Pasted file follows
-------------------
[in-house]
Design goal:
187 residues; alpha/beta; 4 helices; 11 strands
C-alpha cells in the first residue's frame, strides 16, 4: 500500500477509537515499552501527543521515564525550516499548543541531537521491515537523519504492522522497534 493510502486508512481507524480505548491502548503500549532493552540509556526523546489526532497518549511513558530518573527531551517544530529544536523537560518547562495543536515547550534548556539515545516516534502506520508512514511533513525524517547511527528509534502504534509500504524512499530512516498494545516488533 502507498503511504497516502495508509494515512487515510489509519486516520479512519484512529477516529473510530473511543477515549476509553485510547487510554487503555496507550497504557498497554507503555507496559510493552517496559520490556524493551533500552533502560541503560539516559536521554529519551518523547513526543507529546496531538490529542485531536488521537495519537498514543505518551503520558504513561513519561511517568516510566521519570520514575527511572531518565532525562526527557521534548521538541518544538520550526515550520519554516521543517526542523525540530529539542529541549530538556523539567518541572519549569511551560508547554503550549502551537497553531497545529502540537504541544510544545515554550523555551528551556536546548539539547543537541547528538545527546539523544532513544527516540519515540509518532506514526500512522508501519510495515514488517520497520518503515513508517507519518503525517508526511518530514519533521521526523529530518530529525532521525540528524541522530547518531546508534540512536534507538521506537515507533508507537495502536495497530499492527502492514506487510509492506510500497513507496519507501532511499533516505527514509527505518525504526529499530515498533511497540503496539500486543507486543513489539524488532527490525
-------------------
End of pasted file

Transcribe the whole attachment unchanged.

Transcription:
[in-house]
Design goal:
187 residues; alpha/beta; 4 helices; 11 strands
C-alpha cells in the first residue's frame, strides 16, 4: 500500500477509537515499552501527543521515564525550516499548543541531537521491515537523519504492522522497534 493510502486508512481507524480505548491502548503500549532493552540509556526523546489526532497518549511513558530518573527531551517544530529544536523537560518547562495543536515547550534548556539515545516516534502506520508512514511533513525524517547511527528509534502504534509500504524512499530512516498494545516488533 502507498503511504497516502495508509494515512487515510489509519486516520479512519484512529477516529473510530473511543477515549476509553485510547487510554487503555496507550497504557498497554507503555507496559510493552517496559520490556524493551533500552533502560541503560539516559536521554529519551518523547513526543507529546496531538490529542485531536488521537495519537498514543505518551503520558504513561513519561511517568516510566521519570520514575527511572531518565532525562526527557521534548521538541518544538520550526515550520519554516521543517526542523525540530529539542529541549530538556523539567518541572519549569511551560508547554503550549502551537497553531497545529502540537504541544510544545515554550523555551528551556536546548539539547543537541547528538545527546539523544532513544527516540519515540509518532506514526500512522508501519510495515514488517520497520518503515513508517507519518503525517508526511518530514519533521521526523529530518530529525532521525540528524541522530547518531546508534540512536534507538521506537515507533508507537495502536495497530499492527502492514506487510509492506510500497513507496519507501532511499533516505527514509527505518525504526529499530515498533511497540503496539500486543507486543513489539524488532527490525